Myth No. 2: Judging from what enterprises have spent on their implementations, 2FA is just too expensive for the consumer market.

2FA is now available through managed services and shared network models, which have allowed strong authentication to break out of the premise-based enterprise model and cost-effectively scale 2FA protection to a consumer audience. Online businesses now can take advantage of third-party hosting of the infrastructure needed for 2FA, along with easy integration of web services, to reduce deployment expenses and share maintenance costs with other network members. This reduces both short and long-term investment requirements.
Myth No. 3: It's risky to invest in a 2FA platform based on today's consumer preferences, when tomorrow's consumer preferences could be totally different.

Organizations can “future-proof” their 2FA offering by choosing solutions that comply with the open standards of the Open AuTHentication (OATH) reference architecture. With an OATH-compliant 2FA solution, companies can avoid becoming locked into one vendor's authentication credentials. OATH-compliant systems can support any similarly compliant form factor, including tokens, cell phones and PDAs. More than 70 manufacturers produce OATH-compliant solutions today, providing organizations an enormous variety of options for the consumers they serve.
Myth No. 4: Whatever advantage the 2FA network model may offer, it's not enough to draw new members into these alliances.

Aside from the obvious benefits to consumers –- using a single credential across thousands of sites –- and the cost advantages that come with sharing network expenses with other members, signing on to a 2FA member pays other business dividends. For instance, the ability to transfer the trusted relationship across all network members can be leveraged to strengthen online affiliation and build sales channels. For example, eBay and PayPal both belong to the same 2FA network, and an online retailer can notify those companies' communities that the same tokens consumers use for eBay and PayPal can also be used at the retailer's site. That represents a competitive advantage in a market where differentiation can be tough to achieve. And by leveraging their reputation as an innovator that puts the security of customers first, businesses can burnish their own brands in ways that can generate new sales opportunities.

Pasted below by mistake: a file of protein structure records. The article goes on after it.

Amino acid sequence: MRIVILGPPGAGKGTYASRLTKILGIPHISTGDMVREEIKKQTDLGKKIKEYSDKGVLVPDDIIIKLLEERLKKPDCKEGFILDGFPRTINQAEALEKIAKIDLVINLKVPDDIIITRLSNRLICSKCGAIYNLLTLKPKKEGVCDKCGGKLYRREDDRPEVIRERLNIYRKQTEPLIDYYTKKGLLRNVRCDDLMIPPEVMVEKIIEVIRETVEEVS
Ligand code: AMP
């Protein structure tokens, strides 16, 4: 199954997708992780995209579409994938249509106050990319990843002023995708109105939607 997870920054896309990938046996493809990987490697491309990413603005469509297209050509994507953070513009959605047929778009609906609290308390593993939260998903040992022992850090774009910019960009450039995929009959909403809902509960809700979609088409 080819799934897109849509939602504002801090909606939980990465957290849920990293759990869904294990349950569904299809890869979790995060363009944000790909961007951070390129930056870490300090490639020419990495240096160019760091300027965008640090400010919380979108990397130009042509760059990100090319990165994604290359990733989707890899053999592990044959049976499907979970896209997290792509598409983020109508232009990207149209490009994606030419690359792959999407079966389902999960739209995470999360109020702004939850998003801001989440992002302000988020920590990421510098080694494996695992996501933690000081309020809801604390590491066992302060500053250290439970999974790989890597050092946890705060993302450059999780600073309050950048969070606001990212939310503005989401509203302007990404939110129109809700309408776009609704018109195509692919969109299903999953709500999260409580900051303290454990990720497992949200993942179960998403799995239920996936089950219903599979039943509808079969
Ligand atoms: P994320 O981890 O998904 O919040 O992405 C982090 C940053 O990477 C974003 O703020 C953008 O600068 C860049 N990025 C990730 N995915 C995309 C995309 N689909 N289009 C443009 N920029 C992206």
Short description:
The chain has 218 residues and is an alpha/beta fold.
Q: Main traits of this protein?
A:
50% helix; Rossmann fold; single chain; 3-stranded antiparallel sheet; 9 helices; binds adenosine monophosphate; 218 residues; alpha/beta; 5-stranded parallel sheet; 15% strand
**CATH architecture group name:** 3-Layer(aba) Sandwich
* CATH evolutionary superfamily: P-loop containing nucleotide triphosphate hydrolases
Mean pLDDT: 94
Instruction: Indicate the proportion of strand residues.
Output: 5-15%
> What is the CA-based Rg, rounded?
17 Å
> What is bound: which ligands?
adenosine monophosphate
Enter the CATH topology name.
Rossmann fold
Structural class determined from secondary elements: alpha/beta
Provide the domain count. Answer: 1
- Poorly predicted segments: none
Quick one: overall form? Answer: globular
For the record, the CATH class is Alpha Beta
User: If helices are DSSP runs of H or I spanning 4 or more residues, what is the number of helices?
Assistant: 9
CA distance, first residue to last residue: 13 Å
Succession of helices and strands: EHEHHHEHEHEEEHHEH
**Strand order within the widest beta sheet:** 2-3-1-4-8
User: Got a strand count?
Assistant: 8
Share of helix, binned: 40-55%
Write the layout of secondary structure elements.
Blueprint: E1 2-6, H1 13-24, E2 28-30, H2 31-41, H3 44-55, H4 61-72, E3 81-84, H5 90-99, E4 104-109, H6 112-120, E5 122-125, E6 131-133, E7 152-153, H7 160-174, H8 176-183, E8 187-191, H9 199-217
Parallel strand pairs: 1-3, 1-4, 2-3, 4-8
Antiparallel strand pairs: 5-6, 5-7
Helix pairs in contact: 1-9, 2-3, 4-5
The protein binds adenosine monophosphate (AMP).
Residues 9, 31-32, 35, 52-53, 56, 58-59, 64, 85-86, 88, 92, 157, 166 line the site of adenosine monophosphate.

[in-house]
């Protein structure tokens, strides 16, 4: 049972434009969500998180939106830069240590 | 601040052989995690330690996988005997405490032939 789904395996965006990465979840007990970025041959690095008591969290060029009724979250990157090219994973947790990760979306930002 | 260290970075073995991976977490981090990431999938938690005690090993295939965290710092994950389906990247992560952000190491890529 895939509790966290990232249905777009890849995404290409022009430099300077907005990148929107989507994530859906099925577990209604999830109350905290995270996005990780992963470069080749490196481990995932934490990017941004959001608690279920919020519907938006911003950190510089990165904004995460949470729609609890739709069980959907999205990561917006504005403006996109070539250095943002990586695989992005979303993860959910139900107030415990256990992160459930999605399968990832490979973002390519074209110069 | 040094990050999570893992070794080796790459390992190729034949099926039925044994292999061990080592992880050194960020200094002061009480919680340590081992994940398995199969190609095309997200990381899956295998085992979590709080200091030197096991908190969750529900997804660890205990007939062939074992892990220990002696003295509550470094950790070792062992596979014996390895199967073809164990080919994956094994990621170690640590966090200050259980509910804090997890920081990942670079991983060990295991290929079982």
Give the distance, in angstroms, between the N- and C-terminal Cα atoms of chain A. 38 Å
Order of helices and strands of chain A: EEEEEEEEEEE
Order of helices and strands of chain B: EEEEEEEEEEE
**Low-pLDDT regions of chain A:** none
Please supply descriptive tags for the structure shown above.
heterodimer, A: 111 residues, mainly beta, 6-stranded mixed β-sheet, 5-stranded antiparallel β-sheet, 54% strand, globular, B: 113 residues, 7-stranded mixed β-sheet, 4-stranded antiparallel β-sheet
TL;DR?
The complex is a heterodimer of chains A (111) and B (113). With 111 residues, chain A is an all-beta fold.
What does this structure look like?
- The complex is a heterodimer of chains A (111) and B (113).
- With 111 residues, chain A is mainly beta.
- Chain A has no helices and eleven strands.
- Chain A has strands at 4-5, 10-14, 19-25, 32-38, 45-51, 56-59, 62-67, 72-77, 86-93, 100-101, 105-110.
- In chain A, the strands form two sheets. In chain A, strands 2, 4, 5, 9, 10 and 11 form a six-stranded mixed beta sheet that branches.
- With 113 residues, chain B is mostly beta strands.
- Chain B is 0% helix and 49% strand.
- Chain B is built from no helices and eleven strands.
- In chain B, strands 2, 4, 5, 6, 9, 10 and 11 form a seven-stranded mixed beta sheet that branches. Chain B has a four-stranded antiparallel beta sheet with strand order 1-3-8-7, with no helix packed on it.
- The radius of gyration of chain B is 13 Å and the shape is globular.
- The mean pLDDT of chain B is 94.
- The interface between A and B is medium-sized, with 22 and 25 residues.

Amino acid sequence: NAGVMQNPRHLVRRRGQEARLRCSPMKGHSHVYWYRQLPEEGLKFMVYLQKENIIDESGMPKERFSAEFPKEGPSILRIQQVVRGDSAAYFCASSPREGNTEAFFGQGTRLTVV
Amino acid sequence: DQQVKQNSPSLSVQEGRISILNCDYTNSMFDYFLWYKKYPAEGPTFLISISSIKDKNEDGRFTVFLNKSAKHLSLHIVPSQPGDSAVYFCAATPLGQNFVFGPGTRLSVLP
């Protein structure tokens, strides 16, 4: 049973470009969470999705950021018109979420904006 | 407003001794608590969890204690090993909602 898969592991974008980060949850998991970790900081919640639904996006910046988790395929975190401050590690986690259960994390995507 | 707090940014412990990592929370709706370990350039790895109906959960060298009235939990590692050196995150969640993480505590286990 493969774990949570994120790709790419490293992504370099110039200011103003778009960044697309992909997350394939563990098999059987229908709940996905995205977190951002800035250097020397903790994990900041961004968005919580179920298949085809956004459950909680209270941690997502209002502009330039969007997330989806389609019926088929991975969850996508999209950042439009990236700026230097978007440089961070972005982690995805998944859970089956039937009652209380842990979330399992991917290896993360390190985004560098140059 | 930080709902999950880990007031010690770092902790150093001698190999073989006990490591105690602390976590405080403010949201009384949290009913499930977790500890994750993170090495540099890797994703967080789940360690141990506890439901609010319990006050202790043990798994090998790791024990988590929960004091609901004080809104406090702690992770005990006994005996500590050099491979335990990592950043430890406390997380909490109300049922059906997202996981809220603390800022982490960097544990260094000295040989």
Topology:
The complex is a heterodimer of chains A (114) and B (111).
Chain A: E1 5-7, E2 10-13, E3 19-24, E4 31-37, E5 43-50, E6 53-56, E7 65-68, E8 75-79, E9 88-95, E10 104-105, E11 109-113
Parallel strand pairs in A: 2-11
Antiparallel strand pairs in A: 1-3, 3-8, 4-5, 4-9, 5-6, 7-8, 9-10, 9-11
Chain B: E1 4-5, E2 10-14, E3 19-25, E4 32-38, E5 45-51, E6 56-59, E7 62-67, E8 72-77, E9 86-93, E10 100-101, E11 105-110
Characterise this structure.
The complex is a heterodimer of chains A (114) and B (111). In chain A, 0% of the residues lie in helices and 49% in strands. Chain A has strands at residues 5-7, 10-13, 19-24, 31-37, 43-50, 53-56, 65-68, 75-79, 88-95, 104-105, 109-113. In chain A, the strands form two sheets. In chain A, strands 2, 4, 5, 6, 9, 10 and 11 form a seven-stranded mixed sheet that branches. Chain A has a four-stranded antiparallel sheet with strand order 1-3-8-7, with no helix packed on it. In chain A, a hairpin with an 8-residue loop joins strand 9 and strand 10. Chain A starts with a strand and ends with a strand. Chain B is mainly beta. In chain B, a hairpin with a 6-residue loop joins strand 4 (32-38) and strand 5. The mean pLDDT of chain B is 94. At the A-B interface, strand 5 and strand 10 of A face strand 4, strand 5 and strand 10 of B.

Myth No. 5: Consumer 2FA is long on hype but short on real-world successes.

The brief history of consumer 2FA has certainly not rewarded organizations using premise-based, proprietary systems and credentials –- in other words, credentials that can only be used at a single online business. If consumer 2FA implementations have stalled, it's because these models have not delivered the results, efficiencies and scale they promised. That's not the case with managed service providers, which have successfully implemented the network delivery model and have brought on an impressive number of online brands.
Battling the irrelevant
These five myths all mirror outdated perceptions of 2FA, perceptions based on decade-old enterprise models that are irrelevant to today's consumer paradigm. Today, successful online businesses are leveraging industry standards, managed services and shared networks to deliver comprehensive two-factor authentication for consumers.
Poking holes in these myths merely requires a balanced assessment of the risks faced by consumers, the cost of implementing 2FA, and the resulting quality of the consumer's online experience. Doing so will reveal why it makes good business sense to protect a company's customers -– and its own vital interests –- with a strong two-factor authentication solution.